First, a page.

I have gone back to office work myself to stabilize my income after trying to have my own business (untreated ADHD tanked it). I have to write EVERYTHING down - like passwords, how to log into programs, simple tasks step by step -- things most people will remember. I keep a big notebook and even though people think it's ridiculous that I need so much support, having a place to go to for answers when I can't remember what I was trained to do has helped me keep my job. Yes, I get the sneering looks. I was bullied by a co-worker for awhile. But now it's starting to stick and I need it less adn less. Sometimes I take it home and just read it with my dinner like a book. It brings it all back to the front of my brain somehow and I do better the next day.

Be sure you're going slow enough and not rushing, taking the time to think about what you're entering. Like if it's addresses, etc why not make a story about what each one person looks like or something? I find listening to music on headphones while I type/do data entry does wonders for my concentration because it gives most of my brain something else to do and allows the data entry to flow - I'm following the pattern in time to the music.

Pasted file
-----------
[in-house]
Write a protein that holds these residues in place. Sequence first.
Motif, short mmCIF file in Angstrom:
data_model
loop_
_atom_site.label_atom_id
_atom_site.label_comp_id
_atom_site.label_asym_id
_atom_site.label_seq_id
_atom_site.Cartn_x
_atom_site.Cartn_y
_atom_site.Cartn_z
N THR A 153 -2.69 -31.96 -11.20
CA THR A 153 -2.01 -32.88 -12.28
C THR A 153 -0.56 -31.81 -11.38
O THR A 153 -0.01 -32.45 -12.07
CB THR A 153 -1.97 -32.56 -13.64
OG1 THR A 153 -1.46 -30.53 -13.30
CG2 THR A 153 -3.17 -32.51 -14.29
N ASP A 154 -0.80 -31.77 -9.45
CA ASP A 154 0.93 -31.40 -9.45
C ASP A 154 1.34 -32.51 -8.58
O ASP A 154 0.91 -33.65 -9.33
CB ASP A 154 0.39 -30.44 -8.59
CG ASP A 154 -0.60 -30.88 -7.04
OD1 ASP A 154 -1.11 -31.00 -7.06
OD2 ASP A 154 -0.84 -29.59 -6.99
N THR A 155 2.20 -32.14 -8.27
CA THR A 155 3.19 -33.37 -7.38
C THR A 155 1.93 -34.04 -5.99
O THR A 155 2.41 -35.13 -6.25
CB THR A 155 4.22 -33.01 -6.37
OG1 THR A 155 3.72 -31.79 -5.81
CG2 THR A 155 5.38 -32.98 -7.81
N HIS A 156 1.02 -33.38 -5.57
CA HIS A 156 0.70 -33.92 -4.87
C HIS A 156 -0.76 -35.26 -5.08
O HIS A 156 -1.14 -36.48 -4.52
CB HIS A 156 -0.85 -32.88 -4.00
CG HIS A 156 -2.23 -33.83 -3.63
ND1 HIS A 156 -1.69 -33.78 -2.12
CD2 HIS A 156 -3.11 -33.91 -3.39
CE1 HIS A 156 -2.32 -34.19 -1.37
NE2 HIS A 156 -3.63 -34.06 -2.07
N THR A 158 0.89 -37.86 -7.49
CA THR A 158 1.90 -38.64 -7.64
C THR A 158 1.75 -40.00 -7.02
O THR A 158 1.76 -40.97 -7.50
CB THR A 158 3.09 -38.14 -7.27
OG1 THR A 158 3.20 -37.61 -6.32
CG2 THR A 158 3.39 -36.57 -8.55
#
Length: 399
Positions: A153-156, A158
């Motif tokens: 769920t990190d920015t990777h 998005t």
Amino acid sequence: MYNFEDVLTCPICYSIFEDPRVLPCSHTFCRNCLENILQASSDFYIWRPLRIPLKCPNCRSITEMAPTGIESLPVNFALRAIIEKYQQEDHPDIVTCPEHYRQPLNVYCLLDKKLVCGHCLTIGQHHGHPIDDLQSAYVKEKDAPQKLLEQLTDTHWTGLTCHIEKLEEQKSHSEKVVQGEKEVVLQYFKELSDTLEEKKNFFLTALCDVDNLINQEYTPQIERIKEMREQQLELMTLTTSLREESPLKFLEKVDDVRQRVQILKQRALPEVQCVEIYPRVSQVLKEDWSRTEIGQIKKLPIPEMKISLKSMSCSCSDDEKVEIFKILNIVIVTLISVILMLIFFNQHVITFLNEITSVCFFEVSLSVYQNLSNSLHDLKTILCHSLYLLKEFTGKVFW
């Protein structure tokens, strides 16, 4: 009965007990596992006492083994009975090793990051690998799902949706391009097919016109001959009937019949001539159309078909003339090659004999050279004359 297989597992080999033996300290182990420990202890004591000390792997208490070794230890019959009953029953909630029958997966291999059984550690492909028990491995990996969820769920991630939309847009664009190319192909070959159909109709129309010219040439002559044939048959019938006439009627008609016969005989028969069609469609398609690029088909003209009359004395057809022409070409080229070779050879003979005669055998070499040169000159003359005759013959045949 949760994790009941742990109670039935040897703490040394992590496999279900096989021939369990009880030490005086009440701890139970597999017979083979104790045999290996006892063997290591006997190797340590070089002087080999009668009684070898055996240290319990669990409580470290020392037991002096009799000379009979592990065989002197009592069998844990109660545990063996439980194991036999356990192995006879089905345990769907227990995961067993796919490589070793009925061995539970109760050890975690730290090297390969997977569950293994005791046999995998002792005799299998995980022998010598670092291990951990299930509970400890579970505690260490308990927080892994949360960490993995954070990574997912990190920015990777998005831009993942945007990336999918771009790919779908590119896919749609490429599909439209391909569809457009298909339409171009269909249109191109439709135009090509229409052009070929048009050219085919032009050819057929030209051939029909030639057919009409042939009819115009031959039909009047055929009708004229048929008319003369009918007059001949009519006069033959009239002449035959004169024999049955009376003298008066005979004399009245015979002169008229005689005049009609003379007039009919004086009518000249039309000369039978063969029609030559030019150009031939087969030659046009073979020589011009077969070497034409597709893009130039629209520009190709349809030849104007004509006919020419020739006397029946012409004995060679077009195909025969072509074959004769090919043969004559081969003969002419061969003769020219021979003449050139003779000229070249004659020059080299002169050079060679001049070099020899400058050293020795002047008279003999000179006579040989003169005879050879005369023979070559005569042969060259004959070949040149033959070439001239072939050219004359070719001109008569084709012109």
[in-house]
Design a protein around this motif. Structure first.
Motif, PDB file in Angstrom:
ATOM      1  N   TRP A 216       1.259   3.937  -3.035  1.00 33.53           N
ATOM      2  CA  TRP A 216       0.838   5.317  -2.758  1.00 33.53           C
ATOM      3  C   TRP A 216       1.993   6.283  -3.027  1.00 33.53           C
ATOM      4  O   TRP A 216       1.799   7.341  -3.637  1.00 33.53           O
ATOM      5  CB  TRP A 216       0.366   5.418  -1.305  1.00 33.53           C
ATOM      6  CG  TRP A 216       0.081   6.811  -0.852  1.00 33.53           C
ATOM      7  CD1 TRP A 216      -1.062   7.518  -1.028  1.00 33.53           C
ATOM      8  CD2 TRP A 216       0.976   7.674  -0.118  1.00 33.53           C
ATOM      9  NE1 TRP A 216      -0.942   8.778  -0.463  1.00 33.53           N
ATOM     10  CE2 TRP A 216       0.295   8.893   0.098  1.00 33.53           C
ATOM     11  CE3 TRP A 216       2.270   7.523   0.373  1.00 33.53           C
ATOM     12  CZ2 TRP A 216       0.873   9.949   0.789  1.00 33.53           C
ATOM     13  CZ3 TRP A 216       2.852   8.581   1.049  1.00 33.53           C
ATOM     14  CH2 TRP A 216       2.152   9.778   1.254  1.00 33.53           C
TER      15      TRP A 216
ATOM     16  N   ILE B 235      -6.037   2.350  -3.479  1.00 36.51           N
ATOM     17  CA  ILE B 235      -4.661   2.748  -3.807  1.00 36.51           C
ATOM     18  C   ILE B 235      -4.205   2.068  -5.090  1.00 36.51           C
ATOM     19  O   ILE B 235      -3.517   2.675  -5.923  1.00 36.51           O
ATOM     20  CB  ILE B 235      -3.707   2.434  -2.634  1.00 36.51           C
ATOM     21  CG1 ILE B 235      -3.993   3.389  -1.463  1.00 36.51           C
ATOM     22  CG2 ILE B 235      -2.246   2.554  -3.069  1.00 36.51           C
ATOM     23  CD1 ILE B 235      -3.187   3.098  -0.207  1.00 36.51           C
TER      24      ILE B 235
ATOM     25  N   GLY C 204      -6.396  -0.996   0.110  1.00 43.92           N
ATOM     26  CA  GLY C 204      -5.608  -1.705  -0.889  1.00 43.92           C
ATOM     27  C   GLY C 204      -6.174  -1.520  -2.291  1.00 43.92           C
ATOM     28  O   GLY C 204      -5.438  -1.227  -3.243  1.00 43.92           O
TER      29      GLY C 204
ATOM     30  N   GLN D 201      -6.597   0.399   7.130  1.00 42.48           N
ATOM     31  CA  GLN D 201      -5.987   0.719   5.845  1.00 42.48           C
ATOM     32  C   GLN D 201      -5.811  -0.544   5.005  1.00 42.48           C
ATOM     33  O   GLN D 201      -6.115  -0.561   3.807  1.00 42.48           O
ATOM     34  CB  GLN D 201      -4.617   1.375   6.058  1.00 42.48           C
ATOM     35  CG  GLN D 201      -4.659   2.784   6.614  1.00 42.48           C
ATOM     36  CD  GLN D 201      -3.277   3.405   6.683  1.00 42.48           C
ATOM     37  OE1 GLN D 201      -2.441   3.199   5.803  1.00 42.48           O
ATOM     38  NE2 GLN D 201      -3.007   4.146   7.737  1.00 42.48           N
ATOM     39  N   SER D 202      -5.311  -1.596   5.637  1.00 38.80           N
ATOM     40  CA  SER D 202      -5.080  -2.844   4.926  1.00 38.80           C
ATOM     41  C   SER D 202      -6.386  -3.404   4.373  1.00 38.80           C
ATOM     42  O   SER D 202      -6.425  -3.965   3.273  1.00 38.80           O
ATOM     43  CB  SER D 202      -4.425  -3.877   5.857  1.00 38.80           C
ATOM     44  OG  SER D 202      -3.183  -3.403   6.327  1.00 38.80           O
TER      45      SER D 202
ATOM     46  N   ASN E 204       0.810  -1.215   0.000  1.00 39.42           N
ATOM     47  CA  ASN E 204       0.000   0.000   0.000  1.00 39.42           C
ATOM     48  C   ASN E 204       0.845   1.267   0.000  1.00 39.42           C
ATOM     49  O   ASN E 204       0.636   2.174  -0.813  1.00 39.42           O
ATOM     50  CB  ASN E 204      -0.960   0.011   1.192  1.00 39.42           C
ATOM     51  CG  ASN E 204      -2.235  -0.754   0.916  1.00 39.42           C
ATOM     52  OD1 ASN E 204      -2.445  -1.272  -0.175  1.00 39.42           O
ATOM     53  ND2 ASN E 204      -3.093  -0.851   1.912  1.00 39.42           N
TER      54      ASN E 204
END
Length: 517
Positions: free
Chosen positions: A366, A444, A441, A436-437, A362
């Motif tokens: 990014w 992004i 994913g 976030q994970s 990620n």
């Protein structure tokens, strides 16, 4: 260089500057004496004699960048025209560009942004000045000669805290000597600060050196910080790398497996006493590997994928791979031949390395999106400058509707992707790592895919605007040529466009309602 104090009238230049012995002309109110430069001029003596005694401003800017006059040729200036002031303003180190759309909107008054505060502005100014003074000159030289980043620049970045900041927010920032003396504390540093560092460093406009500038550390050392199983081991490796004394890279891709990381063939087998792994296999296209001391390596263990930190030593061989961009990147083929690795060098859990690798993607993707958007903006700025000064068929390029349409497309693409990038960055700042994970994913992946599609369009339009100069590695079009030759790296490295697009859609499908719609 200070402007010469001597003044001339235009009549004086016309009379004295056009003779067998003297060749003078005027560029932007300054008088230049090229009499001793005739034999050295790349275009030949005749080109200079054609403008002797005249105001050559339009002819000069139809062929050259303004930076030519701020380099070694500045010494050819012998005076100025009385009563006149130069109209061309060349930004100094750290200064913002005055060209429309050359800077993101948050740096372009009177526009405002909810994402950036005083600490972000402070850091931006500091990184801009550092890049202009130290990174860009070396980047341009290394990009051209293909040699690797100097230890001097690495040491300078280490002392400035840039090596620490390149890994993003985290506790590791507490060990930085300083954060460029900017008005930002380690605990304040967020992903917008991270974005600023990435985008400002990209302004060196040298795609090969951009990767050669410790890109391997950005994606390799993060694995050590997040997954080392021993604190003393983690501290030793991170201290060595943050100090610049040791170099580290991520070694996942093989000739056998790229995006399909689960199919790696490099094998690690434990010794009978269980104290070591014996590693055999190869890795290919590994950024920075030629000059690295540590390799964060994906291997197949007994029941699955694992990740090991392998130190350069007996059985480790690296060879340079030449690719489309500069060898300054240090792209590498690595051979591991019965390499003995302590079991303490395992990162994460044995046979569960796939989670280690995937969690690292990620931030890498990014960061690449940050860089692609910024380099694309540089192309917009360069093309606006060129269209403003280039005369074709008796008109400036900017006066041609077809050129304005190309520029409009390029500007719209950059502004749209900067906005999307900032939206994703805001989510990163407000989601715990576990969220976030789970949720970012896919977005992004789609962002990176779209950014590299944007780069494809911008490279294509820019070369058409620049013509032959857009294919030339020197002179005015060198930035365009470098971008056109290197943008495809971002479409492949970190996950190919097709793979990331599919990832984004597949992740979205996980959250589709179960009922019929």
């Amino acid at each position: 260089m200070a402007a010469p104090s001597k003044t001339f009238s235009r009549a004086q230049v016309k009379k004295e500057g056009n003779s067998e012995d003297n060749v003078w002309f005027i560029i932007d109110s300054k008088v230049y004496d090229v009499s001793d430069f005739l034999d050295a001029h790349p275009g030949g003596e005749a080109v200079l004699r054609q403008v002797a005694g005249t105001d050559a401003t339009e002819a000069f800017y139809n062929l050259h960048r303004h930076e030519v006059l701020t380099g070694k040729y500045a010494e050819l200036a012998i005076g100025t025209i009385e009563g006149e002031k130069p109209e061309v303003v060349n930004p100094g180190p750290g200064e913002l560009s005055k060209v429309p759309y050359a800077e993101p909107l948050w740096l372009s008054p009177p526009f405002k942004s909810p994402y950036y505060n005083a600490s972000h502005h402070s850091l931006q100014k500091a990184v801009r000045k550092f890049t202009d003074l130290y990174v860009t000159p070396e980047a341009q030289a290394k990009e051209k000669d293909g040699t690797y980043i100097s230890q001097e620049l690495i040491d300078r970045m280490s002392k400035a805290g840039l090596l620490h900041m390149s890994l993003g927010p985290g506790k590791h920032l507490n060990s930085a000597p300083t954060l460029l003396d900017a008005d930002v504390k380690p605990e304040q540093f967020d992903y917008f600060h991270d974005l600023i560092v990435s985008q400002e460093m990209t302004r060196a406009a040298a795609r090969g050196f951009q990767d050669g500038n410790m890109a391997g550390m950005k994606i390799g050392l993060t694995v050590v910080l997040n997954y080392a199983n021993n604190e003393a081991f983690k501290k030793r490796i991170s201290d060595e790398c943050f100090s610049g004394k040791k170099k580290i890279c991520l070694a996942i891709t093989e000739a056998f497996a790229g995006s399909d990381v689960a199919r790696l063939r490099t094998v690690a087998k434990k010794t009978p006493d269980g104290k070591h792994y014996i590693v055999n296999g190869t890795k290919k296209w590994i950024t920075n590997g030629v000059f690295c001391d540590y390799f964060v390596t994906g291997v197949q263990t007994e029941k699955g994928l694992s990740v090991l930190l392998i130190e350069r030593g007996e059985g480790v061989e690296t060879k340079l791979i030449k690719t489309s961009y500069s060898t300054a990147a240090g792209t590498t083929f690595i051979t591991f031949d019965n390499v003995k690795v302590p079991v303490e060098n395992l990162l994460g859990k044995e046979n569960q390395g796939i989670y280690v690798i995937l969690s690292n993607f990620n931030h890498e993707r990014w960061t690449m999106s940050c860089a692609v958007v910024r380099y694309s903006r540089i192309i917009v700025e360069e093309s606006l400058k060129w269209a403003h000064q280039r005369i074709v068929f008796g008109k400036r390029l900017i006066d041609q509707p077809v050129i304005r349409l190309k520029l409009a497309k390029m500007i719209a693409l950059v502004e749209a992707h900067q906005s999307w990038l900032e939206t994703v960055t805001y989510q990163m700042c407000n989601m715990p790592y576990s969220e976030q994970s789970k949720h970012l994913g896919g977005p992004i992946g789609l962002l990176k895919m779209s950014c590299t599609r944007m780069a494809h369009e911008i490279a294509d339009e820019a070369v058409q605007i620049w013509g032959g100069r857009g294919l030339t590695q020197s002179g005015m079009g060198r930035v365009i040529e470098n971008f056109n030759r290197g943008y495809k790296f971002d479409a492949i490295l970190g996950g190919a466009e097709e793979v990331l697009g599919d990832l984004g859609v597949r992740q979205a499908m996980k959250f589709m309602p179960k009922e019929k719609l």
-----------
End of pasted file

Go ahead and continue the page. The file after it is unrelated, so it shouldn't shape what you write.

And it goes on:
One day I couldn't figure out why I was having so much trouble reading bar code numbers that are part of my job -- I had forgotten to take my afternoon dose! I was stunned. The next day I made sure I took it right when I got the reminder on my calendar -- and those 15 digit numbers were crystal clear and made sense. I still have trouble prioritizing, I'm getting feedback that I "overthink" everything, I tend to hyper-focus and have trouble making transitions from one task to another.

It's challenging to be like us and live in a neuro-typical world, but we're creative enough to do it. And we've got each other in places like this.